The street was crowded with us. We, the workers, the commuters. We were on our way home from jobs. Home from jobs. I was among them. It was Friday, this past Friday, and the collective thought of us all was the Friday thought - a weekend. Home. A throng of us was approaching the corner of Battery and Bush when I saw a man who was upside-down. This didn't seem at all strange to me.
The man was standing on his head on the busy street corner surrounded by us, the suits and cellphone set. The light was against us so we waited for it to change. The upside-down man, I noticed, was not resting the entire weight of his upended body on the pavement, on his head, but was resting his head on a sort of plate or dish that has a narrow base or foot. It was clearly a device of his own making. The crown of his head fit perfectly into the cup of this wooden stand. I stood less than six inches from him. He had before him a clear plastic cup with money in it. One of his legs was folded, his knee bent and crossed over his other leg, like some sort of yogi or mystic, as I have imagined so often in my fantasies of India.
We made eye contact. I could see that his eyes were bloodshot and very wet. I could see the struggle in him, the effort it required to maintain a stable posture, upside-down, on a busy street corner, with traffic quite literally inches away from him. He looked at me and I at him. In that moment we had met.
I spoke. I said, If I had any money on me I'd drop it in your cup. He smiled. He said, that's alright. We have this. We have this connection. Then I said something I still cannot explain. I said: If I could, I'd make myself small and jump into your cup. I have no idea why I said that or where it came from. But the upside-down man, whoever he was, smiled again. He looked at me. He looked at me with the eyes of knowing, a look you can only feel from strangers who are not strangers at all but who you have someone always known. He said to me: You're already there. You're already in my cup.
This transaction (and I consider it a transaction because an exchange occurred, an exchange of love) lasted no more than 30 seconds. The amount of time it takes to deliver to me an advertisement for a brand of soup. Yet, it stayed with me. The upside-down man and his cup.
On Sunday morning I went owl-hunting. I needed an owl. There is really no way you can understand this. My need for an owl. Upon the advice of a dear yet very new friend, I took a solo hike into Tennessee Valley in Marin. It was a cold and gray morning but that meant that the trail would be quiet and empty. Armed with my Moleskine notebook, a pocket volume of collected Rilke writings and a digital recorder, I set off to find my owl, and then, to the sea.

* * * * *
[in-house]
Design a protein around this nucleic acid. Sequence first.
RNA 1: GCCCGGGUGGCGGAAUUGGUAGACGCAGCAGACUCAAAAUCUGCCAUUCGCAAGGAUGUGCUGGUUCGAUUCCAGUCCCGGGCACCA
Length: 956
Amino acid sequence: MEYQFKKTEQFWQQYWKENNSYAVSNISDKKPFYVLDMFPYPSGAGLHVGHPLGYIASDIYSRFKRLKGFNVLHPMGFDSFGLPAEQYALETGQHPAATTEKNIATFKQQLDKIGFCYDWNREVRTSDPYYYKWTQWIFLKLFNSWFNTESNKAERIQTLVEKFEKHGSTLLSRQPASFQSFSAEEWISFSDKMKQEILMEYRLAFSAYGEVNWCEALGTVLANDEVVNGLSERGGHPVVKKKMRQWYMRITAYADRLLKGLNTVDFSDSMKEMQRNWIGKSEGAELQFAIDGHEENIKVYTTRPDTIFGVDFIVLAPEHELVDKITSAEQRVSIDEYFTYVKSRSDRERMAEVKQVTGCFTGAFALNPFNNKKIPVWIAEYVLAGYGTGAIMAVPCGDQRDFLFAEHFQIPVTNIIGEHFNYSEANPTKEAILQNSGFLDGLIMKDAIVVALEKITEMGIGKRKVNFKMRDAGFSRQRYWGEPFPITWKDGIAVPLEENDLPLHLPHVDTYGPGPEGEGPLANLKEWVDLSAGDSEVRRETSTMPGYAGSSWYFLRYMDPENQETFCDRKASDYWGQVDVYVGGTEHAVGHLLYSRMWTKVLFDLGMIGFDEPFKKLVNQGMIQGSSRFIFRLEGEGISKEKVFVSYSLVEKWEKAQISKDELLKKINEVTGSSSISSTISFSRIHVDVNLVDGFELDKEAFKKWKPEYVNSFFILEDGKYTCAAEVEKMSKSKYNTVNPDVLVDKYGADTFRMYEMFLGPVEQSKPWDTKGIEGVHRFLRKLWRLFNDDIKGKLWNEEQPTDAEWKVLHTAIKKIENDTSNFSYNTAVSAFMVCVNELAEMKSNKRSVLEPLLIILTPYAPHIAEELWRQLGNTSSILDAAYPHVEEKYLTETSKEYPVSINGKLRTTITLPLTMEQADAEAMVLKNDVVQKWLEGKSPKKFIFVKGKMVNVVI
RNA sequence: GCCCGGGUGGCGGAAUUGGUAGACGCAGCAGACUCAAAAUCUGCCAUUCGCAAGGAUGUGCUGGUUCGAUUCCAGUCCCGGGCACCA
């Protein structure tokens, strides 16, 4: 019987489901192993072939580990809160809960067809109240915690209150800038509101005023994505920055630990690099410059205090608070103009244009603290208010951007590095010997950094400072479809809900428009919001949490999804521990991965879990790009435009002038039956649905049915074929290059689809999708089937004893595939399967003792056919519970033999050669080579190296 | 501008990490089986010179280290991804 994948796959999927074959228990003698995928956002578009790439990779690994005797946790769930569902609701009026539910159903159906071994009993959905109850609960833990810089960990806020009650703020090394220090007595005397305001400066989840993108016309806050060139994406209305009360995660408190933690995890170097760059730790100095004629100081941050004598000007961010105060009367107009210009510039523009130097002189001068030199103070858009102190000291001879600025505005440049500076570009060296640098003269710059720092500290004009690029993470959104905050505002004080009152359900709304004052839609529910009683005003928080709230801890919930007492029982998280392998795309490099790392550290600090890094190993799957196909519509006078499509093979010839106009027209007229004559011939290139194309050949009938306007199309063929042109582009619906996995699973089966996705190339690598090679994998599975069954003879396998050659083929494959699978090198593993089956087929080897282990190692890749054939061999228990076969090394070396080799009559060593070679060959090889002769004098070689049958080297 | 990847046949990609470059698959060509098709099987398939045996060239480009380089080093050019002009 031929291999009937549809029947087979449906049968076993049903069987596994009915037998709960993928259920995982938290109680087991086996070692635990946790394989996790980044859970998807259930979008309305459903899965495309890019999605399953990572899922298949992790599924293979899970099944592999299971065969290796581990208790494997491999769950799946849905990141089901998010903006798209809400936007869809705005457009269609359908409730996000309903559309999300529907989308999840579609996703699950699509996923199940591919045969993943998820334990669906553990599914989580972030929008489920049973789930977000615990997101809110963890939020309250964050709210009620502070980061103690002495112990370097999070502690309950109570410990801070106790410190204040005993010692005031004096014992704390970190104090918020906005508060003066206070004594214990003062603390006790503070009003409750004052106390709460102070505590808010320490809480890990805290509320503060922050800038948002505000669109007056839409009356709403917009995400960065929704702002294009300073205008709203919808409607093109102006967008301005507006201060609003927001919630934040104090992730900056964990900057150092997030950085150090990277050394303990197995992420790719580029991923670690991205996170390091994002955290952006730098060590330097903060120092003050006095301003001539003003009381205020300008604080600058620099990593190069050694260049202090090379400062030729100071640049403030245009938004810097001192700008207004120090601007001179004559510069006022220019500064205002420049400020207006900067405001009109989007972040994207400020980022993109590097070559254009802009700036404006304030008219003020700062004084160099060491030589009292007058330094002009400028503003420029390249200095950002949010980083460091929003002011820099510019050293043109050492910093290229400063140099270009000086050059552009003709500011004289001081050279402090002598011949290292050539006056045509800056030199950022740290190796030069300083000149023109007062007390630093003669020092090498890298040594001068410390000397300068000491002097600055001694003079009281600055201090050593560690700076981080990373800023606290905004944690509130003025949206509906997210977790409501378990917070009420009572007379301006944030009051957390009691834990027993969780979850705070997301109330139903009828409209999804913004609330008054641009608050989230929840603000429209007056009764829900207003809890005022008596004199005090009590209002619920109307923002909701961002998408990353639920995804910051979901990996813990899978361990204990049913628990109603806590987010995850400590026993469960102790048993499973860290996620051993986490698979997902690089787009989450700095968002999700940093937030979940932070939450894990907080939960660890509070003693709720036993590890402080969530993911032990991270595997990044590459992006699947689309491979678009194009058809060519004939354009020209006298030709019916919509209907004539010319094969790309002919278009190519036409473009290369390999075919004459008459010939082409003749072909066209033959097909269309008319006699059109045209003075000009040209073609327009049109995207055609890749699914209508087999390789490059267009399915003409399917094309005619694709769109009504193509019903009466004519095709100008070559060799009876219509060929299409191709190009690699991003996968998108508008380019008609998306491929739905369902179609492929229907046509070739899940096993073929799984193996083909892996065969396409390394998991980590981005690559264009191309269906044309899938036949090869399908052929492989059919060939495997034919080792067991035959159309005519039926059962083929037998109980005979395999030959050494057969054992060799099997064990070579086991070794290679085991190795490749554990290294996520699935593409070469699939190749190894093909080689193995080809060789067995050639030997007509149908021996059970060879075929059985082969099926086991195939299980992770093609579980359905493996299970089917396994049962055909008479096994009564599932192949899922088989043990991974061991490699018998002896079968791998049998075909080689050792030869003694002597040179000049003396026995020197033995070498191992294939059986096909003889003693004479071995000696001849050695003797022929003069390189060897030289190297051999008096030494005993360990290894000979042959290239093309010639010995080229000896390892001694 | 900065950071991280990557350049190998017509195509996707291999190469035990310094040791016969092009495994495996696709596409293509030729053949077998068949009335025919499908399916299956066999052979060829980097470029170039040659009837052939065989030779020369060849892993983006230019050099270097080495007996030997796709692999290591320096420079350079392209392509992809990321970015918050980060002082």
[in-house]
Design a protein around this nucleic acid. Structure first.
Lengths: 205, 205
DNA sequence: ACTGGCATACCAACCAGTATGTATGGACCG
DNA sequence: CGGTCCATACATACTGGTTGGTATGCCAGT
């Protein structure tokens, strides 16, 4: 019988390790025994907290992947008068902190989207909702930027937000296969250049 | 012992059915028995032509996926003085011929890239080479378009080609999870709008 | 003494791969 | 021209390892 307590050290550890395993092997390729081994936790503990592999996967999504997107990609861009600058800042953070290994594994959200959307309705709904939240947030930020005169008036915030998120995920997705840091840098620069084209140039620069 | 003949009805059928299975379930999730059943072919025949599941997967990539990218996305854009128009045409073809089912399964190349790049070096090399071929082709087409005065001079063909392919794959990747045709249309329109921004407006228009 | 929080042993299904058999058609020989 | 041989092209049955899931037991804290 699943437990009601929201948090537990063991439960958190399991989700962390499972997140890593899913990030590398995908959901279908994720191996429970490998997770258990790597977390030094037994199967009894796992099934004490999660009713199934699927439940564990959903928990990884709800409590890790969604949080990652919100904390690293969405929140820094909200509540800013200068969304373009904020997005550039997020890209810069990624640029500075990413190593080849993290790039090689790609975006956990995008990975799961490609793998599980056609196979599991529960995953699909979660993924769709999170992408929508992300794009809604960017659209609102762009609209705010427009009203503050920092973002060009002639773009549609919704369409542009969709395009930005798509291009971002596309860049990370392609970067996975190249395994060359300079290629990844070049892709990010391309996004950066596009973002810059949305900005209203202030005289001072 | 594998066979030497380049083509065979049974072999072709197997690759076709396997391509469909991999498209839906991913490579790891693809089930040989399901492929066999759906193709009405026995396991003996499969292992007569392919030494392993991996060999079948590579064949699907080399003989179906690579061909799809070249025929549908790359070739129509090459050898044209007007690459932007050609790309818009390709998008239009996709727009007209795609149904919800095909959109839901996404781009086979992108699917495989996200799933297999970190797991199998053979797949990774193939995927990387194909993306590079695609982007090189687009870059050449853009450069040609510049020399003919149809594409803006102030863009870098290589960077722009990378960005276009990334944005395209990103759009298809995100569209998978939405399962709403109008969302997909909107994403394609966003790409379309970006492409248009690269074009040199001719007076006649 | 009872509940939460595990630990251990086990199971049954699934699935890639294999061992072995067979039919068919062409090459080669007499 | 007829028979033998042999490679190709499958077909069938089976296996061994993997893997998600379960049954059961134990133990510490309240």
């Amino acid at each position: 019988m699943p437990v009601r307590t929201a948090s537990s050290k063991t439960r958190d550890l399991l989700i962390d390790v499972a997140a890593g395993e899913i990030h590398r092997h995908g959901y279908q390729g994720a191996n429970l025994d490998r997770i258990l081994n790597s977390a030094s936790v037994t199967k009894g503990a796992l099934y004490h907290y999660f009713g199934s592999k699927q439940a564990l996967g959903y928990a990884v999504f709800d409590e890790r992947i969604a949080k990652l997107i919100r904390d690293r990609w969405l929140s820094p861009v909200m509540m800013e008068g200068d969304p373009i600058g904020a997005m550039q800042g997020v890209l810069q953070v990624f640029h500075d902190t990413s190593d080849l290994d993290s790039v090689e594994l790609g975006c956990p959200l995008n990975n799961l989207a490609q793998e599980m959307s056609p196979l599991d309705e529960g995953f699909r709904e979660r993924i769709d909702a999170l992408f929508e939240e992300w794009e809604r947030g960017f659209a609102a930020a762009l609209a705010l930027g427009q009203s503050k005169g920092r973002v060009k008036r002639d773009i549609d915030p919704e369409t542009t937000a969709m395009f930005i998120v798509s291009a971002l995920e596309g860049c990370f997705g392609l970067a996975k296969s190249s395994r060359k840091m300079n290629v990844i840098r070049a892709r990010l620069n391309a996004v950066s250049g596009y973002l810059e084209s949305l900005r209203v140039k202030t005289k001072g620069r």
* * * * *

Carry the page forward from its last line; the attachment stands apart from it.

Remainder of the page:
As is usually the case, an unexpected chain of events led me to my quarry. I saw a deer. It was a lone doe, feeding on a ridge above the main trail. I left the fire road and followed her up a steep trail. In the distance, hidden behind a large Monterey Cypress, I saw a boulder that was completely ensconced in an ancient tree stump. I moved toward this stump, knowing that I must see it, touch it, photograph it. I was walking carefully through the thick undergrowth when I spied the remnants of what appeared to be a large lozenge of hair on the ground. An owl pellet. I knelt in the dried grass. I pushed the pellet with a twig and it fell apart, revealing its treasure of tiny bones. I soon found more pellets. I looked up an discovered I was directly under a cypress tree. Horned owls love Monterey Cypress trees. I promised myself that once I was done exploring my old stump, I'd go back to the tree to look for the owl.
I photographed my stump. It was beautiful. About as big as a hot tub and completely hollow. Then I went back to the tree. I looked through the grass and found more pellets and also a large guano spatter pattern. The owl spent a lot of time above this spot. If I was lucky he'd be there now. I stepped back a few yards and looked up. There he was. A Great Horned Owl. My heart jumped. It would be difficult to describe to you what owls mean to me. They are my spirit guides. My totem animal. And when I see one I am usually at some kind of crossroads in my life. It had been over a year since I last saw one in the wild and I am indeed at a major crossroads.
I photographed the owl and I spoke to it. I will not tell you what I said. That was between myself and the owl. But I'll give you a hint. What I say to owls is similar what I say to God. Help me. Grant my strength. And since I am lacking in what the owl has an abundance of, namely sight and hearing, I ask for a little of that too.
I left the owl and walked to the sea. The rhythmic crashing of the ocean resets my soul-clock. I just need to be near it. 15 minutes by the water's edge does more for me than any therapy session. Hawks, vultures, a rabbit, the owl. I found a tree branch where a buck had been rubbing its antlers. I spoke to a raven. And I read from Rilke to the very sea itself. Rilke. How can I explain how this man and his hundred-year-old words has saved me? Time and time again.
I think about the upside-down man and how he invited me to enter his little cup. I think about how I have been an upside-down man. I think about the owl and the hare and the raven and the deer. God is everywhere and in every thing. And He is not a silent God. It is I who can so often be deaf. Blind. Noisy. Be like the owl, He tells me. And go quiet into your night.
Causes Vincent Carrella Supports